Wednesday, October 15, 2008

Ready, Get Set

Who knows what tonight’s debate or the next twenty days will bring, but it is heartening that even Rush Limbaugh is now asking what Sarah Palin’s plans will be after November 4. Saner pundits too are pondering the question of the GOP’s future and Palin’s role, if any, in it. The prevailing assumption, of course, is that John McCain has no future. The only question, currently of interest to the commentariat, is how culpable he has been in bringing about that outcome. [The consensus still is that it’s mainly “the economy, stupid.”]

But, again, anything can happen, and this is no time to be complacent. The first order of business, for the next twenty days, is therefore to insure that McCain-Palin lose, and that they lose in the best possible way.

This does not necessarily imply that the best thing to do is to pile onto the Obama bandwagon. Since I live in a “safe” state, I’m still “undecided” – between Cynthia McKinney and Ralph Nader. There is some danger, of course, that, as November 4 approaches, so too will panic, and that I’ll end up hating myself for voting for Obama. In the coming days, I expect to be thinking hard about how I and others in my situation can get the most bang, as it were, out of our feeble votes.

In any case, now is plainly the time to get ready for the struggle to come. Obama started out his primary campaign as a center-right Democrat, barely less onerous than Joe Biden or the Clintons, but worse than all the rest. Since winning the nomination and especially since the conventions, he’s been surging to the right – to the point of caving in entirely on retroactive telecom immunity and the shameless Wall Street bailout. And, of course, he no longer even tries to maintain the pretense that his is an anti-war candidacy. On the Middle East and the former Soviet Union, Obama-Biden are about as onerous as McCain (and Palin too, insofar as she is able to hold a “secular” thought on the subject).

Therefore, if not now, then in twenty days (and not a day later), it will become urgent to agitate for “real change” and to organize to bring it about. What this will include is obvious enough; some of it even found its way into the Democratic primaries, back in the days when Dennis Kucinich and Mike Gravel were still included, and when John Edwards offered a more “realistic” prospect of amelioration on the domestic, if not the international, front. What is called for is not especially “radical,” though that could come later, if all goes well. Here, in no particular order, is a far from exhaustive list:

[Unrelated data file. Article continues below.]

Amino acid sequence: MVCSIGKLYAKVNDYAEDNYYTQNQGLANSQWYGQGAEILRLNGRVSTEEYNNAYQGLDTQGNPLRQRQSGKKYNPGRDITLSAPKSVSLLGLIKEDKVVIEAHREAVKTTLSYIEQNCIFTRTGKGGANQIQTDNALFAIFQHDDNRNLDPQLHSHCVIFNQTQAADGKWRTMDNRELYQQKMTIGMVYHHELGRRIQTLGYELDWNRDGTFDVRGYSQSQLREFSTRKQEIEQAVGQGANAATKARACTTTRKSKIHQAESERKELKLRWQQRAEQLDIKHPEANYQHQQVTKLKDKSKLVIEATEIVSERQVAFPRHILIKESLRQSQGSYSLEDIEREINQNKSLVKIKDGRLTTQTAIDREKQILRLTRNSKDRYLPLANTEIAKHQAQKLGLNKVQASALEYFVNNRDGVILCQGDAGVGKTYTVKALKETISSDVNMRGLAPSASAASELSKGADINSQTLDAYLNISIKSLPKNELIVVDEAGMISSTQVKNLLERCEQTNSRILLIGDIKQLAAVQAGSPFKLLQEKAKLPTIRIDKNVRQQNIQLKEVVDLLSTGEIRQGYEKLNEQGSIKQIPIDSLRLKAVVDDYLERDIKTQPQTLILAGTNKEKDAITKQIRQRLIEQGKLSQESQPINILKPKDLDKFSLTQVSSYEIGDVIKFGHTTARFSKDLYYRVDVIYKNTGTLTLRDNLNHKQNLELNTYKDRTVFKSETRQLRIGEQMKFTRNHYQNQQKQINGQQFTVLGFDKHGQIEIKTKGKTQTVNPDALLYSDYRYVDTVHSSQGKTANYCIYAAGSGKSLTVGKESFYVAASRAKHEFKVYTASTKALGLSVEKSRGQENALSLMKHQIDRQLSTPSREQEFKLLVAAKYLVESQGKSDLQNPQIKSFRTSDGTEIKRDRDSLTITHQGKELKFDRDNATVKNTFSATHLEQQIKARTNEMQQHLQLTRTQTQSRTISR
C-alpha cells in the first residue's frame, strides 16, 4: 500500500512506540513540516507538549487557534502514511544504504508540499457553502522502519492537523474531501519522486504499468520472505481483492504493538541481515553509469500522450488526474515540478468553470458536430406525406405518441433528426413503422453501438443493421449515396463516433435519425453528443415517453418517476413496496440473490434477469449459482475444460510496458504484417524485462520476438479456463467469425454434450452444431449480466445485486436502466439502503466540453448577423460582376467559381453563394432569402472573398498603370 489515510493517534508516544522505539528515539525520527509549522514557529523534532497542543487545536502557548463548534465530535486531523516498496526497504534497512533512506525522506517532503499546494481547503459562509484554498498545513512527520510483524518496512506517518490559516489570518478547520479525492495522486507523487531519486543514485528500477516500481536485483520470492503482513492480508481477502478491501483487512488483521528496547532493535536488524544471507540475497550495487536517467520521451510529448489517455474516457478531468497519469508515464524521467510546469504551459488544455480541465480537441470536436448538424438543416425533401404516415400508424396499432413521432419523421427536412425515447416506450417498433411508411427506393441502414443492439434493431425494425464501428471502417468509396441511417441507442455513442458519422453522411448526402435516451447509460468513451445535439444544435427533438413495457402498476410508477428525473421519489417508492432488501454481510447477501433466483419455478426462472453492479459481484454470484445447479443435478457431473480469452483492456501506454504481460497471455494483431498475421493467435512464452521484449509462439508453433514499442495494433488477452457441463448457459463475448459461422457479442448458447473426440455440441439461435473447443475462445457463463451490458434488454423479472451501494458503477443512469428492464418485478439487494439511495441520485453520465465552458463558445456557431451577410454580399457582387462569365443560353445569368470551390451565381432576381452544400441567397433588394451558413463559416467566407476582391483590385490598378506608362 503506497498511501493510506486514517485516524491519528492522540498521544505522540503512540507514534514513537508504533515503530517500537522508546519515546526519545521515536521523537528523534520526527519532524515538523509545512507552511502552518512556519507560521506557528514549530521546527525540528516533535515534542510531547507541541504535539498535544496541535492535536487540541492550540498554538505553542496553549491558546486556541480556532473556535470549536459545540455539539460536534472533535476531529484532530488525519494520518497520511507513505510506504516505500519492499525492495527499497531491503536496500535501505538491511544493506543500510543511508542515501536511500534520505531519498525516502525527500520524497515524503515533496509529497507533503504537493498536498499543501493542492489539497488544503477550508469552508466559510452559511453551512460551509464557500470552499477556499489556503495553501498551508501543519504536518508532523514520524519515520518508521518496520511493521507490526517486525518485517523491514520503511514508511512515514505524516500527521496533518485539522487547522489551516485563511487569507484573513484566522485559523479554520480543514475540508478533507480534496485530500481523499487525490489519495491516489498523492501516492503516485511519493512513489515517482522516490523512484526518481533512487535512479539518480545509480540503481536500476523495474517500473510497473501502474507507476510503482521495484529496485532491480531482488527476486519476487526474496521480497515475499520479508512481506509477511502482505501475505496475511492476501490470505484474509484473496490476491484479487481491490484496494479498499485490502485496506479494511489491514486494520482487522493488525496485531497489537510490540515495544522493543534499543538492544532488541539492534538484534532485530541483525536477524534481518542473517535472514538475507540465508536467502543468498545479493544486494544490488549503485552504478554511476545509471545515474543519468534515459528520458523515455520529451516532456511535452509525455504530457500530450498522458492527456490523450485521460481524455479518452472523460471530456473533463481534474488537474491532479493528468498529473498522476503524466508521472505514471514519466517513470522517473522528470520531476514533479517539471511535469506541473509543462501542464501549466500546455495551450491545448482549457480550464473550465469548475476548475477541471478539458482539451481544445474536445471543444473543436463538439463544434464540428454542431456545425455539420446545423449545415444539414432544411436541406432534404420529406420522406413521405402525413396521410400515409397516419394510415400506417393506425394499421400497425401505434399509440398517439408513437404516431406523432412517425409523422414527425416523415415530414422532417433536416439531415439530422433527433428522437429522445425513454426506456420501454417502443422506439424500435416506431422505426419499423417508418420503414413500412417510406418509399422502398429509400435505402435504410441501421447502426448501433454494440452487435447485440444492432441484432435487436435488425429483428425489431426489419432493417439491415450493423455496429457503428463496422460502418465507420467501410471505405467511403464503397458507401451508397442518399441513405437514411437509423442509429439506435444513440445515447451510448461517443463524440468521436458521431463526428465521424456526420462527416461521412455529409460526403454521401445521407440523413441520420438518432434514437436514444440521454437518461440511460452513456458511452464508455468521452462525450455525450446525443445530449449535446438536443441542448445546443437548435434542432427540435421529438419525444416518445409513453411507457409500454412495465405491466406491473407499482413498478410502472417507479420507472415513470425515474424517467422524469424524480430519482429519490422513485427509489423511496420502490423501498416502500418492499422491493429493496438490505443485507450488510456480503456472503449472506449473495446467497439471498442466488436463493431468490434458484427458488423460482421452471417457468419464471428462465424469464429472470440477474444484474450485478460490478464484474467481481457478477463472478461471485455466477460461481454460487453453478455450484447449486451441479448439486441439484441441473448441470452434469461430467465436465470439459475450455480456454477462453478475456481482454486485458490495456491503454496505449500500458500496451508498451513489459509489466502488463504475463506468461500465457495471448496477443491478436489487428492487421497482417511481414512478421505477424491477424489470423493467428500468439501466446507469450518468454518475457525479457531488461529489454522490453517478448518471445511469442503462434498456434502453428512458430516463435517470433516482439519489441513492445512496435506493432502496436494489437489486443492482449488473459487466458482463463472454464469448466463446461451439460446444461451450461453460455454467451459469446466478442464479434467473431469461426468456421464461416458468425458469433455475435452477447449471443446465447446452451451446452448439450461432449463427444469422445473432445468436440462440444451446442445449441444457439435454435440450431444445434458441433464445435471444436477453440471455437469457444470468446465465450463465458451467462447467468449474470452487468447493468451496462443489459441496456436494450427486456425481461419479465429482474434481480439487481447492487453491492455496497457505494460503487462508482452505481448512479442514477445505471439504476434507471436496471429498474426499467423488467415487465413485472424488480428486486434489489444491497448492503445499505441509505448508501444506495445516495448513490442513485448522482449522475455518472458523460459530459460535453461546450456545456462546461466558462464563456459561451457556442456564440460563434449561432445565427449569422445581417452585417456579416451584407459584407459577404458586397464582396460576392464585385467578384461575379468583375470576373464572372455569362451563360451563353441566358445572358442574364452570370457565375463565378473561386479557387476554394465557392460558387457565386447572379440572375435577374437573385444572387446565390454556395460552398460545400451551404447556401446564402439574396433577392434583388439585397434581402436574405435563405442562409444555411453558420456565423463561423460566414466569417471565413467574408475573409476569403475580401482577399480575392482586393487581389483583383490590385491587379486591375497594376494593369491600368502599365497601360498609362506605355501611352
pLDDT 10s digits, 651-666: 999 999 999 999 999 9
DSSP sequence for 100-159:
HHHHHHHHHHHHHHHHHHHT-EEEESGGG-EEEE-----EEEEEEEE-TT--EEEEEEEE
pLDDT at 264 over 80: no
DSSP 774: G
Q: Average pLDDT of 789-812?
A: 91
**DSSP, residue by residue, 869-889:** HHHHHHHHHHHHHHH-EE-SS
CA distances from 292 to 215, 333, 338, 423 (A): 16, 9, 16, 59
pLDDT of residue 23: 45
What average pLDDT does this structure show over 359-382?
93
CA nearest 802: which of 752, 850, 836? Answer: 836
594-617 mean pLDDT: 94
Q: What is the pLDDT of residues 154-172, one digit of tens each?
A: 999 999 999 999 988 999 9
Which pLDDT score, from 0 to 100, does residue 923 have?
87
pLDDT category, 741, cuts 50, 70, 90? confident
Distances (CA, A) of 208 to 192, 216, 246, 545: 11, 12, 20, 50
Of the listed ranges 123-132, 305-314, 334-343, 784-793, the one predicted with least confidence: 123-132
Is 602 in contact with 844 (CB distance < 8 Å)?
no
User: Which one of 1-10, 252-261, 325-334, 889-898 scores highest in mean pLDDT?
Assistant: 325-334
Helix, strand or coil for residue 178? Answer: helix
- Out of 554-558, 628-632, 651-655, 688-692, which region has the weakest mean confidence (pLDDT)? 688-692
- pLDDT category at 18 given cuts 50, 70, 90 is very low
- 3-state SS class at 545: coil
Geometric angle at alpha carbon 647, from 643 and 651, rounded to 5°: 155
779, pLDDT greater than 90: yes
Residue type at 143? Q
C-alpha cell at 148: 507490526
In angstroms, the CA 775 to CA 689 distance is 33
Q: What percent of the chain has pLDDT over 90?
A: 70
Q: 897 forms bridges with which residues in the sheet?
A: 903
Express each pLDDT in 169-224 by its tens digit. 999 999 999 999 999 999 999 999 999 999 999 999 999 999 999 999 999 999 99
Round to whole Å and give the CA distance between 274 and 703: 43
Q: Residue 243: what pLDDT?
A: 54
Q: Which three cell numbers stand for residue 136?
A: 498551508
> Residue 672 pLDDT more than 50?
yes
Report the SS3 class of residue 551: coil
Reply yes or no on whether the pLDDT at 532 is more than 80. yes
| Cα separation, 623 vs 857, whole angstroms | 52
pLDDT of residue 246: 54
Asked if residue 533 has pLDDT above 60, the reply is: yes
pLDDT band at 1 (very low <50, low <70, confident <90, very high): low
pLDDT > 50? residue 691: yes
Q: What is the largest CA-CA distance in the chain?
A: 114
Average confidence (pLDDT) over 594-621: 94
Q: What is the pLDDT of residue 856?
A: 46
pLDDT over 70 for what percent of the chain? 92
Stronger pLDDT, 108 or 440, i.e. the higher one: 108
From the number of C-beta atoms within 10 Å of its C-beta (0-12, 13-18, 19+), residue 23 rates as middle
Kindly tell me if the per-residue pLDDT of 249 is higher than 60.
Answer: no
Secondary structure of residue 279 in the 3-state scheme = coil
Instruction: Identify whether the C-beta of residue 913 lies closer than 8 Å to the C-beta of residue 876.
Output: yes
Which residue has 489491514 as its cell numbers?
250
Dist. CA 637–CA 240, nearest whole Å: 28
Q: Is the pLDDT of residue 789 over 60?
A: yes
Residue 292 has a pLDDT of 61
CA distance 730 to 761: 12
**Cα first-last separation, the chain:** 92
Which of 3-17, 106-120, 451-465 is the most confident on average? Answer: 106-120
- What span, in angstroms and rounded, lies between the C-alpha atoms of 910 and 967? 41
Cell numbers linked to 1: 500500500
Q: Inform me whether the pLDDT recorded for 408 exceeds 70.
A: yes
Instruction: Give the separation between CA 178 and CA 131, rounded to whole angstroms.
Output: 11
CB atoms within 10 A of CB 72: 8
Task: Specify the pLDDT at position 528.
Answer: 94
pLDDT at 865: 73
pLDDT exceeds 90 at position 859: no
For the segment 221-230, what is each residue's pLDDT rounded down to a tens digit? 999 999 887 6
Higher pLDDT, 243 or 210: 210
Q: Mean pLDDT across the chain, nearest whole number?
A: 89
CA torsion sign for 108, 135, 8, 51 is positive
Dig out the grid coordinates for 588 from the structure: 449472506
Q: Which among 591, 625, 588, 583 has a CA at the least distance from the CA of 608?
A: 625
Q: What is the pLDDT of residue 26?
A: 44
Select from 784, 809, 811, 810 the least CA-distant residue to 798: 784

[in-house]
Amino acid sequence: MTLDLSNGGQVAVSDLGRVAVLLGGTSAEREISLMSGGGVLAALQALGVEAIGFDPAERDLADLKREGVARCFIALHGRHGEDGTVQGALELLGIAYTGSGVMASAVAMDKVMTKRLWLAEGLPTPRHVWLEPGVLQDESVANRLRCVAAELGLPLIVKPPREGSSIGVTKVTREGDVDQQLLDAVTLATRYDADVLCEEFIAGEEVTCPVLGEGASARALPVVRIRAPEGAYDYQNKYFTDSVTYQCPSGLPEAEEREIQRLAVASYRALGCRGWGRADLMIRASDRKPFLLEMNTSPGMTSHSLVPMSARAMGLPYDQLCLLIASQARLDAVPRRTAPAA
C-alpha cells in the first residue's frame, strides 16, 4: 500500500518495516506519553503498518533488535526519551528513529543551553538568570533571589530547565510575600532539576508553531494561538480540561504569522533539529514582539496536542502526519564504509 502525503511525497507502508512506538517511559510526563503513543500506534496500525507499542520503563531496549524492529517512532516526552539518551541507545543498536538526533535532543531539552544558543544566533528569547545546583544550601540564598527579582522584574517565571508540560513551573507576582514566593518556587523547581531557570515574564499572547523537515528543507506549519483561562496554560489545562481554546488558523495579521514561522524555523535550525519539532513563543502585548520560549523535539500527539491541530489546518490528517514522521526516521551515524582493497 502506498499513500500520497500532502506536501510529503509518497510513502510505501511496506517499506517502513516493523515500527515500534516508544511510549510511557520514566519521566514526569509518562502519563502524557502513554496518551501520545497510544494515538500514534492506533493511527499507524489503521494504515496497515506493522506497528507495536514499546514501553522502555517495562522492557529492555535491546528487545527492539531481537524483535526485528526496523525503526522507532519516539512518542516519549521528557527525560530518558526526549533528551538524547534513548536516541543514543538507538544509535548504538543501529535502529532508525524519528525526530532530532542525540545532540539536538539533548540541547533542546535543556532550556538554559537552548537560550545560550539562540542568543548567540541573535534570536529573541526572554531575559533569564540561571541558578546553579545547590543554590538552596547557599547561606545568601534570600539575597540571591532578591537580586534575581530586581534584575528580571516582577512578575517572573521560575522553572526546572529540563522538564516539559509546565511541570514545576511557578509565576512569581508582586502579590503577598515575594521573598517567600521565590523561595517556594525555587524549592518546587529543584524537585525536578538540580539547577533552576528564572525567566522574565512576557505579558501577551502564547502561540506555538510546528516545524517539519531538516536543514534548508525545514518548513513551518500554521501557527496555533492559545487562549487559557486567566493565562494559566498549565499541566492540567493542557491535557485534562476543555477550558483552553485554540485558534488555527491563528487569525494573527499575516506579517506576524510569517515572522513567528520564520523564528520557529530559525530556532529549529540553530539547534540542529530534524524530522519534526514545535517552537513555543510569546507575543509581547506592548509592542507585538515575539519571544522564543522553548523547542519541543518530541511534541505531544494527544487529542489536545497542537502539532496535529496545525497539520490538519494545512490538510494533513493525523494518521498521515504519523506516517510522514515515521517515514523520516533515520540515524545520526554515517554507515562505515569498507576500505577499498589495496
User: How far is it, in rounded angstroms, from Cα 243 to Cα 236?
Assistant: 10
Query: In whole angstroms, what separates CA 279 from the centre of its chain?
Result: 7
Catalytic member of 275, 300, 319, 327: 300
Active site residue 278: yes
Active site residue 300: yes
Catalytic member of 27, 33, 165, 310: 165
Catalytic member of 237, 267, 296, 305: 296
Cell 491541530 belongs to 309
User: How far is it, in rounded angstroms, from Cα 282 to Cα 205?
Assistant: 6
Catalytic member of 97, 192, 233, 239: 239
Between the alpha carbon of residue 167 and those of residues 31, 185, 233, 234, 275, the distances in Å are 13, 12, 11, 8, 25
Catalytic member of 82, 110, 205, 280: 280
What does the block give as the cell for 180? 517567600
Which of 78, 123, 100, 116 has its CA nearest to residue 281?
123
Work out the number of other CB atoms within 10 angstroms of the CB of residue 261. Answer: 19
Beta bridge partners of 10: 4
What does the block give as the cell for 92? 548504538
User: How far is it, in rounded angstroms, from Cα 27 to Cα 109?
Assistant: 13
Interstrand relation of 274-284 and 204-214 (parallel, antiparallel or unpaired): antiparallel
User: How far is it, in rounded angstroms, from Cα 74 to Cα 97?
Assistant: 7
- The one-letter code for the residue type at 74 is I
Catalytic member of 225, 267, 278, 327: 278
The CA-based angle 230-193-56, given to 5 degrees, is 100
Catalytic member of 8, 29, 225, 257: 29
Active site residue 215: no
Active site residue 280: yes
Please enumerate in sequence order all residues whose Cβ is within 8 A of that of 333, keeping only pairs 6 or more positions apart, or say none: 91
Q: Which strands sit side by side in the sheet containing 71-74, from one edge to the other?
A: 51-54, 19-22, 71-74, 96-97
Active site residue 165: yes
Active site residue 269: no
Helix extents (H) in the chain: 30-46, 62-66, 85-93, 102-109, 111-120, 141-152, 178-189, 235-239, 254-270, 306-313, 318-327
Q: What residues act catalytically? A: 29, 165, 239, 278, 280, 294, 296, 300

-ending both on-going Bush wars;
-“supporting the troops” by spending serious resources reintegrating them into society;
-supporting the Bush wars' victims in Iraq and Afghanistan by offering genuine, no strings attached reparations;
-bringing the perpetrators of those wars, at least Bush and Cheney and Rumsfeld and Rice, but ideally also their principal underlings, to justice;
-launching far-reaching government interventions into the economy with a view not just to diminishing economic turbulence but also to empowering the labor movement and other “civil society” organizations (some not yet even formed);
-restoring civil liberties, including privacy rights and protections for political protesters and other dissidents;
-ending torture, indefinite detentions and other violations of international morality and law currently “justified” by the so-called War on Terror.
-appointing federal judges who will not impede progress in advancing civil and reproductive rights or block efforts to employ the federal government to promote liberty and equality;
-promoting sane sentencing policies and ending judicial murder at the federal level;
-restoring the integrity of the Department of Justice, making it work in ways that enhance, not diminish, Americans’ rights and freedoms;
-changing American foreign policy in the Middle East, including Israel/Palestine, with a view to de-militarizing the region, quashing religious fanaticism, stopping ethnic cleansing, and promoting justice for all its peoples;
-ending efforts to establish American satellite states around Russia’s borders; and
-establishing “normal” relations, based on mutual respect and international law, with all the countries of Latin America, including Cuba, Venezuela and Bolivia.

There is no reason to think Obama and the band of Democrats he’ll bring with him to the White House will do any of this or much else that is estimable (and embarrassingly “moderate”) – unless “we the people” make them. Ready, get set.. and (in just three weeks time) go!

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